Triangles—how do they relate to hair?
You may recall Sam first spoke about triangles in the popular haircut DVD CutOuts – Everything You need to Know About Cutting Fine Hair. In this haircut, Sam used triangles to create movement and hidden texture to make fine hair appear fuller!
Fast forward to today. The Sam Villa Arteam used Triangles in the Modern Heritage Collection, especially the technique we present to you today, Triangular Pinch which is a creative and simple hair cutting technique.
Let’s begin by reviewing several techniques to get movement out of a haircut to control our outcome:
- Elevation: Up and down movement.
- Over Direction: Front to back movement.
- Finger Angle: In and out movement.
One of the coolest and easiest techniques we can utilize in over direction is the Triangular Pinch; creating a large (or small) triangle section and ‘pinching’ the over direction into the center of that triangle. Keep in mind the smaller the triangle the less movement in our end result.
Let’s think about a triangle in terms of the wide area and the pointed area. You have less over direction within the point area of the triangle and more over direction within the wide area. We position the triangle on this model with the point at the high point of the head and the wide area sits just above the occipital. Why do we position the triangle this way? We want to create a radiation of length toward the outside corners of the widest part of the triangle. Can’t you almost visualize it happening without actually seeing it?
Tools of Choice:
- Professional 7” Dry Cutting Shear.
- Why this shear? When taking condensed sections we need a shear that will get through more mass of hair so the section of hair we are cutting is not pushed within the blade of the shear. The 7” shear is designed with raised ridges on both blades for more stability and control and will allow the hair to stay put while closing the blades. This shear can be used on wet or dry hair.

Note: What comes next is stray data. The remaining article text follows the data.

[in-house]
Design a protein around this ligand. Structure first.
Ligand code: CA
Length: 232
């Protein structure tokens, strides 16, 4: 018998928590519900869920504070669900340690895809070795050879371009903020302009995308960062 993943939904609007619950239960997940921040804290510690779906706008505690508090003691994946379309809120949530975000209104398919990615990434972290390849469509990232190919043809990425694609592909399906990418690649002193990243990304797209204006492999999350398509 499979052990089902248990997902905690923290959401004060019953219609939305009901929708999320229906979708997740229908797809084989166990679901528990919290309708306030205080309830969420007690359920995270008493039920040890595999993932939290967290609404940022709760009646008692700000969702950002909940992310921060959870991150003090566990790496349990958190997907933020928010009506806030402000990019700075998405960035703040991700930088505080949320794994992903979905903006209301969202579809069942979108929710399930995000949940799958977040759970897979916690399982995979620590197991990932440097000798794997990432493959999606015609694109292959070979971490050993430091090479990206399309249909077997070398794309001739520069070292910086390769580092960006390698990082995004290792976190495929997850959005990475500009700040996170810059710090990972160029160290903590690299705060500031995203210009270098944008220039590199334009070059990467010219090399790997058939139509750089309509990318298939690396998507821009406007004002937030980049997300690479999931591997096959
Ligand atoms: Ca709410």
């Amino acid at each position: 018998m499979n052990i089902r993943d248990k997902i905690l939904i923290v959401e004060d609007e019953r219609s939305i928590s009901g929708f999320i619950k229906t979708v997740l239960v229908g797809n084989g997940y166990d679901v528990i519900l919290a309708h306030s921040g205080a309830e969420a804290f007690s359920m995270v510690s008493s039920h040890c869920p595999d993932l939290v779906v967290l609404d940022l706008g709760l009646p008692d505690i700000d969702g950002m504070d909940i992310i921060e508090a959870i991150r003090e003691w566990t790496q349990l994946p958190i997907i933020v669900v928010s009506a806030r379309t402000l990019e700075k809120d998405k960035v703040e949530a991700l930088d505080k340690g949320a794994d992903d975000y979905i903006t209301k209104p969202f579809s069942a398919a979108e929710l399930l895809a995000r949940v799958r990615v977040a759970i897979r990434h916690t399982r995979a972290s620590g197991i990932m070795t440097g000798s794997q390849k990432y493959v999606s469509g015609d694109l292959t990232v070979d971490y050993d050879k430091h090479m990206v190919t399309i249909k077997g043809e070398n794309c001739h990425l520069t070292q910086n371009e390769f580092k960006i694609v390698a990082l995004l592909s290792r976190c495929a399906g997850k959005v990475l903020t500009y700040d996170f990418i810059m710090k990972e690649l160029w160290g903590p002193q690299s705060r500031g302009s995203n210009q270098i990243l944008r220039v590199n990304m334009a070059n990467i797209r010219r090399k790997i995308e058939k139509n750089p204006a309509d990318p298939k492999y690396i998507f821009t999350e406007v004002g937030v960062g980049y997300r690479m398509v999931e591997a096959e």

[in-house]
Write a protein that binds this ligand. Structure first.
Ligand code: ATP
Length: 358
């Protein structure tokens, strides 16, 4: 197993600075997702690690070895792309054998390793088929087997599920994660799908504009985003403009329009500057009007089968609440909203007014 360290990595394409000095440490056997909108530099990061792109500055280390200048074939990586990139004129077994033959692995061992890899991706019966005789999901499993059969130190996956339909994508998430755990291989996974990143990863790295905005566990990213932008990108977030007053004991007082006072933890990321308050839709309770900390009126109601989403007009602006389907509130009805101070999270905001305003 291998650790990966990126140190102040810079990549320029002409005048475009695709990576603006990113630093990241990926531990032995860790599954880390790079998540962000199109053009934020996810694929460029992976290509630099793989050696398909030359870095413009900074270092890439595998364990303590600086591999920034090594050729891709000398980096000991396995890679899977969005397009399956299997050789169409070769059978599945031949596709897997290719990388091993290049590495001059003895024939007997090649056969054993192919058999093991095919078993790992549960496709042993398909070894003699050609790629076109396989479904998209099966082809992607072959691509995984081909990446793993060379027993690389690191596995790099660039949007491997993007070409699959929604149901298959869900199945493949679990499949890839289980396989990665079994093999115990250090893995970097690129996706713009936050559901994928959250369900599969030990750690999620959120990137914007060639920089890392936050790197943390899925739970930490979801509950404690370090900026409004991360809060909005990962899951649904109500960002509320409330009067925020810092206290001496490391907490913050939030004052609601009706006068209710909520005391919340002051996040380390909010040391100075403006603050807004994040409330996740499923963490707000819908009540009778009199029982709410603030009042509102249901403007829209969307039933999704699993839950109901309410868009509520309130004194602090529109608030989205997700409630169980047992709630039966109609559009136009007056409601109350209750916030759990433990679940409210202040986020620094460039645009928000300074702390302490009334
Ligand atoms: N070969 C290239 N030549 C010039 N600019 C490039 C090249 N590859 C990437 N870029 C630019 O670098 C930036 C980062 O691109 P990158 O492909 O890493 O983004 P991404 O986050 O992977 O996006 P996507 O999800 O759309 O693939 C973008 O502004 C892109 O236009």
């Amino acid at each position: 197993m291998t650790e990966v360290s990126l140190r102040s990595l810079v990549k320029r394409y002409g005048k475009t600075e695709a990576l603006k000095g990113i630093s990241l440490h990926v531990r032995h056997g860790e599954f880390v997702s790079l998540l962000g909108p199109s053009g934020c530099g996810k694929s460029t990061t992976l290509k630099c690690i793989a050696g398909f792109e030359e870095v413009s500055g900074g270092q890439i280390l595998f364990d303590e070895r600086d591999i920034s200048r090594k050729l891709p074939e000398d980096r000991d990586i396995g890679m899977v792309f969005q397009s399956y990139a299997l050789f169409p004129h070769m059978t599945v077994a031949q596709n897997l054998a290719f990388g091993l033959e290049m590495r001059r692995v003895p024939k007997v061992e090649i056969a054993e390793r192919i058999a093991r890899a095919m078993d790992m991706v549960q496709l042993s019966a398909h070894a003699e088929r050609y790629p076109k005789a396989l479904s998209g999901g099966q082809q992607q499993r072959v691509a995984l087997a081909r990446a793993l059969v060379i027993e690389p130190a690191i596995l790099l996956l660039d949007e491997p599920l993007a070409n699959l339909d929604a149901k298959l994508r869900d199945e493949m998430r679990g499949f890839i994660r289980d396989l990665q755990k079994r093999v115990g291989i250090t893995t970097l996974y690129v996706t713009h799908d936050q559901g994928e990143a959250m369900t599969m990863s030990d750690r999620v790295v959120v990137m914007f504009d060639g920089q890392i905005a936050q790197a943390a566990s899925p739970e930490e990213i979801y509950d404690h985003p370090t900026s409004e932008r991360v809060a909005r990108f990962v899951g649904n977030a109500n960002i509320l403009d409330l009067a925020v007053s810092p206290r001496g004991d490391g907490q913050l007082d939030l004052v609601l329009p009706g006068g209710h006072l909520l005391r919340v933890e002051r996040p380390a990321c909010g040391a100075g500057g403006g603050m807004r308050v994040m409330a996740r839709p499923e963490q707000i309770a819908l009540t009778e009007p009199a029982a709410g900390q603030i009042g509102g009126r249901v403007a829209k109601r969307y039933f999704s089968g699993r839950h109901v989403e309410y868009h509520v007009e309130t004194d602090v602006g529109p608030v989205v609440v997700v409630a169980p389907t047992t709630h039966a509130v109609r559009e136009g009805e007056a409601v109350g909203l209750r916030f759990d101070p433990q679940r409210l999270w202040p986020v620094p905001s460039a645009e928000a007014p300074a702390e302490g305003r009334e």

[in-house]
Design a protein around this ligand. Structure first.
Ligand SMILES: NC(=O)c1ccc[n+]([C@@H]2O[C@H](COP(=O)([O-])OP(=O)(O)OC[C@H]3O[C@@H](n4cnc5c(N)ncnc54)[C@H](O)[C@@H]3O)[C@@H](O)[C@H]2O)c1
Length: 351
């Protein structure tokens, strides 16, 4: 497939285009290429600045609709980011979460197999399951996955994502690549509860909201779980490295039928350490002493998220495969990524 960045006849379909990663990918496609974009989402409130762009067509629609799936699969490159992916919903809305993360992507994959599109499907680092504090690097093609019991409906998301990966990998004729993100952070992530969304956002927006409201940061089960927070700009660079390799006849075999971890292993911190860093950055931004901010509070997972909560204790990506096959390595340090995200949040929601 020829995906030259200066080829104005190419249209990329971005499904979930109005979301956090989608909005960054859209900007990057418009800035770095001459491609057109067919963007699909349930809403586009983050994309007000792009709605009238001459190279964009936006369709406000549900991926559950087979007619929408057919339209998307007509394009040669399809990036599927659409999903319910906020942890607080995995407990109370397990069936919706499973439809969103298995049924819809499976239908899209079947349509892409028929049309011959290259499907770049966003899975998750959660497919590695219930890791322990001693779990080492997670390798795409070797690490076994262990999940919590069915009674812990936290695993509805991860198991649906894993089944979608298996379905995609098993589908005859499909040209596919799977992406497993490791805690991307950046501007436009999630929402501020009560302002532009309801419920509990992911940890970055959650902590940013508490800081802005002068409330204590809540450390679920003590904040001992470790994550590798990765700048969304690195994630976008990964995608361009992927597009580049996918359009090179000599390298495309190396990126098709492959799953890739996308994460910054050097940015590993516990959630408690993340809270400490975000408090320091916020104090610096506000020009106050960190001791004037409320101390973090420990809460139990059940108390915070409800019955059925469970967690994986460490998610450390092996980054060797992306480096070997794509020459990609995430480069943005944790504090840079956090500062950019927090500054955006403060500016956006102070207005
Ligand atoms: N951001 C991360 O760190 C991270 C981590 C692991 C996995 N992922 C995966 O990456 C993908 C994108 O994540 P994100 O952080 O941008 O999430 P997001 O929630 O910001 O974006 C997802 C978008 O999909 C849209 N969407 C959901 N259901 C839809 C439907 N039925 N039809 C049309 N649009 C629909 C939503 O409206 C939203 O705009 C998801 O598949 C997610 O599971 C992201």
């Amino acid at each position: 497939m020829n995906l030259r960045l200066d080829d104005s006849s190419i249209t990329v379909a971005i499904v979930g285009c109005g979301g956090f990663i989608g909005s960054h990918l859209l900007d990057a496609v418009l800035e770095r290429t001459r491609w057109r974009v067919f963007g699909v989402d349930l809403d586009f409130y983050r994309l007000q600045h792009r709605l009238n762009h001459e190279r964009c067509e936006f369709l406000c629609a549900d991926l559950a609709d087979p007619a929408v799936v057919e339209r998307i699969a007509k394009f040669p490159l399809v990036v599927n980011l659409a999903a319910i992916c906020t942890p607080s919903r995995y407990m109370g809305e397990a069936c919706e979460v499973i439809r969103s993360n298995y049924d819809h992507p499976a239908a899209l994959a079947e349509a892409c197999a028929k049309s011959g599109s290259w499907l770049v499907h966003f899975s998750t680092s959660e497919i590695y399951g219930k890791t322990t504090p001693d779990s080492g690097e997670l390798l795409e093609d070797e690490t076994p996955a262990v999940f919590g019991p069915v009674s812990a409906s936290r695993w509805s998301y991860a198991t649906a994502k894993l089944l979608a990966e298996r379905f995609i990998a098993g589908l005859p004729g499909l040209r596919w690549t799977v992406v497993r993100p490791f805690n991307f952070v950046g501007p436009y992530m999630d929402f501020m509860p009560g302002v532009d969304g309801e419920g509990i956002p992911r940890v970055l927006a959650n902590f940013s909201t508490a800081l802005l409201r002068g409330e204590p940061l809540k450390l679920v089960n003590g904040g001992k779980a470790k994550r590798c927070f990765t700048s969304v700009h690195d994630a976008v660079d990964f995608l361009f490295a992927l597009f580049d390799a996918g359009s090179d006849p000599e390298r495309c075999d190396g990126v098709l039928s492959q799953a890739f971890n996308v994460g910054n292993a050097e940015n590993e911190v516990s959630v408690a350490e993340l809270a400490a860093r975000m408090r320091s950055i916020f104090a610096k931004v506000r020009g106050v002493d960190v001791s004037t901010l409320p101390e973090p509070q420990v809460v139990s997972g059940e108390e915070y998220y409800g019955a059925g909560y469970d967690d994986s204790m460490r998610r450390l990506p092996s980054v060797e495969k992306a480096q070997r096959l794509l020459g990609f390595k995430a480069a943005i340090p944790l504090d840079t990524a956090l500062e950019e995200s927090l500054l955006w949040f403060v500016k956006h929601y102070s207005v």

- Professional Long Cutting Comb in Black.
- Why this comb? We always want to use a contrasting colored comb for the hair color we are working with; black comb for lighter hair, ivory comb for darker hair. The contrast between the comb and the hair keeps us on track and allows for better visualization to what we are cutting.
Cutting the Triangle:
- Section out a triangle with the point at the top of the head and the wide area moving toward the back of the head.
- Comb the hair vertically and over direct both sides of the triangle to the center of the section.
NOTE: Notice the top/pointed end of the triangle has very little over direction and the wide area has a lot of over direction.
- Come into the section with the 7” Shear and cut a straight clean line.
- Release the hair and crosscheck to see the result.
Now you can actually see the perimeter of the triangle has a fair amount of length that creates a radial effect from the center outward. The result when dried is more movement throughout the triangle area. Due to the large size of this particular triangle you can clearly see the radiating length out toward the corners of the triangle.
Incorporate this technique into the cuts you are already creating to add texture and movement. Remember, smaller triangles produce less movement and larger triangles creates more.
To view the full length haircuts created incorporating the Triangular Pinch go to our Video On Demand channel and look at the Modern Heritage collection.